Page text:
Developed only in black lip (Pinctada margaritifera) oyster, Tahitian pearls are primarily cultivated in the waters surrounding Tahiti. The oysters that produce these beautiful pearls are nearly twice the size of other saltwater pearl-producing oysters, and therefore their pearls are often large, as well.
Where Do Tahitian Pearls Come From?
Tahitian pearls don't only come from Tahiti, although there are several pearl farms located there. They're most commonly produced in the great atolls of French Polynesia, but they can come from anywhere in the central or southern portions of the Pacific Ocean.
How Long Does it Take to Cultivate Tahitian Pearls?
From start to finish, it usually takes between 2 and 3 years for a Tahitian pearl to form. In order to cultivate these breathtaking pearls, pearl farmers must first nucleate them.
Where Do Farmers Get Black Lip Oysters?
Pearl farmers generally raise their oysters from young in specially designated areas. These areas are cordoned off in the lagoons where these oysters would normally live.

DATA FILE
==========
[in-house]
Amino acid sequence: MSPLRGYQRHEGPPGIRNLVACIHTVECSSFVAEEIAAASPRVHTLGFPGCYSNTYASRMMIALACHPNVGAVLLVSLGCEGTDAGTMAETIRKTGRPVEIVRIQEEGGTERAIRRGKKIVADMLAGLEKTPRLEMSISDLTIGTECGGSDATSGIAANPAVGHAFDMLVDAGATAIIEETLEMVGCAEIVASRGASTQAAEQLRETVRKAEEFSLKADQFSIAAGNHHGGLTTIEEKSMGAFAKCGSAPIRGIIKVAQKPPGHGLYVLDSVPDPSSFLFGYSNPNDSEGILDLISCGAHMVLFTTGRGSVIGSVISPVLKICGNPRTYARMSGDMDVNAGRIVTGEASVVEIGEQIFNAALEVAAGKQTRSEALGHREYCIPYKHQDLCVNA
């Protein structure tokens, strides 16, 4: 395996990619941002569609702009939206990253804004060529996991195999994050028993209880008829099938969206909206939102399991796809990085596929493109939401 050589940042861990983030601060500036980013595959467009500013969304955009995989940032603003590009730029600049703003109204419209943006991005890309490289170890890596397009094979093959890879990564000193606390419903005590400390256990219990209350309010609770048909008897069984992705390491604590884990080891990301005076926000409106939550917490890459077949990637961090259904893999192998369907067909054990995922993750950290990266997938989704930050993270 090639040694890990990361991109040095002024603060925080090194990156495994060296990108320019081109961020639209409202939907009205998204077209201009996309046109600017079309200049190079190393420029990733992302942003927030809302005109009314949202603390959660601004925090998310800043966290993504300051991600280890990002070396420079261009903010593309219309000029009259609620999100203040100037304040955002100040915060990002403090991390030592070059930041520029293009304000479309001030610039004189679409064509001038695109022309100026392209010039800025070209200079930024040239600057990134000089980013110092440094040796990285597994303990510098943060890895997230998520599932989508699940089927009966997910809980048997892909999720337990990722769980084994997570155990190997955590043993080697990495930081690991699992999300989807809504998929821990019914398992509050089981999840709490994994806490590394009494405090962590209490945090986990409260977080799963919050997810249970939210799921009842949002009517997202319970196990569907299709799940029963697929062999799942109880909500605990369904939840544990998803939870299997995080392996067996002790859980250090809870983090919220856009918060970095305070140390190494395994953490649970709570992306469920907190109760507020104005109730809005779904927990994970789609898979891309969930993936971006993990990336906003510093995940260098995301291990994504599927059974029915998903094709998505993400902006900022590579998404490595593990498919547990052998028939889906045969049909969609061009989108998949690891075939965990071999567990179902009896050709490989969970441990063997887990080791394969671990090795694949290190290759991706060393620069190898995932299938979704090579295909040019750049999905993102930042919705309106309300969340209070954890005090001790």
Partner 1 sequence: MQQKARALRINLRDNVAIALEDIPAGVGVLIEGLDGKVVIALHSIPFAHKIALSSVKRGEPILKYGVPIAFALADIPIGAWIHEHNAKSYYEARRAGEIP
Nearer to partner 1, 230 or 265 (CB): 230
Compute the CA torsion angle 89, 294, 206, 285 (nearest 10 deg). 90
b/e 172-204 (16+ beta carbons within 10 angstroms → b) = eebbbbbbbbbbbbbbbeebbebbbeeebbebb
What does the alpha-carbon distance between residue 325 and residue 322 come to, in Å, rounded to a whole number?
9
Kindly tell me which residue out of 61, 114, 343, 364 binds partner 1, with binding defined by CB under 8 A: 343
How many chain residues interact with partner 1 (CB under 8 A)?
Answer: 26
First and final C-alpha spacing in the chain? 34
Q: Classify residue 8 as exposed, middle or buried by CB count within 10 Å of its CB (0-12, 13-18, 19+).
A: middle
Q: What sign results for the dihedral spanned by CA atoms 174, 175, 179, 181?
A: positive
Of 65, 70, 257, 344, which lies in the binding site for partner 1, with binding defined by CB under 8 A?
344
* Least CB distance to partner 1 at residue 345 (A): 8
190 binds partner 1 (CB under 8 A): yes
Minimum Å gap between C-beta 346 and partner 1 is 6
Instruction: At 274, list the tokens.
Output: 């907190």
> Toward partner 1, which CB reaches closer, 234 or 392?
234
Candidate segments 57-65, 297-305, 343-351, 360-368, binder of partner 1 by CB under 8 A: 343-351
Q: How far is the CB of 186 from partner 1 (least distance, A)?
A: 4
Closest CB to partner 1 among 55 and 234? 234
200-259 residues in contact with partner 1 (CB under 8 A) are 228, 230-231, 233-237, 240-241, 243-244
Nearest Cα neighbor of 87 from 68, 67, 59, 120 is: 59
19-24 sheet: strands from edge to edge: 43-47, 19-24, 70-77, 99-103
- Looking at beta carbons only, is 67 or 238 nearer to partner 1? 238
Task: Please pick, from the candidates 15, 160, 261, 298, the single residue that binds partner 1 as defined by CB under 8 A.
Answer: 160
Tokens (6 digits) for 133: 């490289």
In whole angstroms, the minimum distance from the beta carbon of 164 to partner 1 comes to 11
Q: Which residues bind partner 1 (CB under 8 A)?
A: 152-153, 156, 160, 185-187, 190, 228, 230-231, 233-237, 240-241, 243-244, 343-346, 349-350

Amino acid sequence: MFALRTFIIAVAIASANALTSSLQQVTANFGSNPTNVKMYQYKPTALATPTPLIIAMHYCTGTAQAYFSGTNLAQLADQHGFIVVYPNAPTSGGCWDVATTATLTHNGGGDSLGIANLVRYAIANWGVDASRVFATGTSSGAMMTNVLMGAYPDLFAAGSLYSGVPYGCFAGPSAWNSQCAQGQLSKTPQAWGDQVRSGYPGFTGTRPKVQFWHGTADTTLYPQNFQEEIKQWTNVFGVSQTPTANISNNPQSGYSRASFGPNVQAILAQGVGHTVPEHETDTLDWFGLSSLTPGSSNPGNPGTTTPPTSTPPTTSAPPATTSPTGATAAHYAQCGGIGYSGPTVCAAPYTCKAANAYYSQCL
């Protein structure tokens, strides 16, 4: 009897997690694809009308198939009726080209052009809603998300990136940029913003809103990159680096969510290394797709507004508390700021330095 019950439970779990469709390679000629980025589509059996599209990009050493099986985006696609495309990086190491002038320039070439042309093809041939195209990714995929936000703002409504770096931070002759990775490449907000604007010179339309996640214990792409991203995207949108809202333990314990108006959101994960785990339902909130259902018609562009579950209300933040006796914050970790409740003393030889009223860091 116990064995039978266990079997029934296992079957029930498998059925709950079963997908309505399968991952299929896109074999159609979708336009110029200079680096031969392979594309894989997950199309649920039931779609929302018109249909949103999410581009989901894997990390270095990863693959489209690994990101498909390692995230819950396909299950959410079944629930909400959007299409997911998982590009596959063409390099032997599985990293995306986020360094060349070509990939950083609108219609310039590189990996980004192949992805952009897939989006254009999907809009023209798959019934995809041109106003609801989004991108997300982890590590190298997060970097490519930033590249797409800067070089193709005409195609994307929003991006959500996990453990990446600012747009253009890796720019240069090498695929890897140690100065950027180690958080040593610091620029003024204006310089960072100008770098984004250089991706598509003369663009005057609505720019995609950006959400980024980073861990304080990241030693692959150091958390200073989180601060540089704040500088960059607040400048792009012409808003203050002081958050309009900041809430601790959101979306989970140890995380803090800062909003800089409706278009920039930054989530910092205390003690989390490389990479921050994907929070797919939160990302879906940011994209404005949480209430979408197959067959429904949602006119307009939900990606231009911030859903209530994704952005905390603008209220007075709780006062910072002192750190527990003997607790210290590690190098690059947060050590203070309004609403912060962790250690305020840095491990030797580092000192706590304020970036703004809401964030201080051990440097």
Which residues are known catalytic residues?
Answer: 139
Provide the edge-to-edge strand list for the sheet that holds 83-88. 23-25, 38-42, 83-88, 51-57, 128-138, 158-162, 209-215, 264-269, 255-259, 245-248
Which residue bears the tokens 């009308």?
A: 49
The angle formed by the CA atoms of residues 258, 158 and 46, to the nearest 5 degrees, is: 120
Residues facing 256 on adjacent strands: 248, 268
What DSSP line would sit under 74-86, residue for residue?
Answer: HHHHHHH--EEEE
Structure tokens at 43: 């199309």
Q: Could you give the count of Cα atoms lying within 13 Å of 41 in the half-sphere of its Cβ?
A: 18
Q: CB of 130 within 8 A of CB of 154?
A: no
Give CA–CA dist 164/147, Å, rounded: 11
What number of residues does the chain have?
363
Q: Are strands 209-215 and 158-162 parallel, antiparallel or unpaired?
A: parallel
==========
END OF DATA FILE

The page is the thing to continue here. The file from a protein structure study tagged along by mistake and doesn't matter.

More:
Only mature oysters are used to cultivate pearls. Juveniles cannot reliably produce marketable pearls.
The Tahitian Pearl Cultivation Process
Pearl farmers nucleate a black lip oyster by prying apart its shells, making an incision in the soft tissue that protects the oyster's organs, and inserting an irritant that causes it to excrete nacre. Nacre is a protective substance that coats the irritant, and in doing so, it produces a pearl.
Harvesting Tahitian Pearls: The Process
It takes 2 to 3 years for a Tahitian pearl to form inside a black lip oyster. Because pearl farmers keep all their oysters together in nets, they remove large numbers of the oysters from the water at the same time.
The oysters are taken to a processing facility where experts open their shells and carefully remove the pearls that have formed. Oysters that have not produced pearls are discarded, while those that have produced high quality pearls may be nucleated again.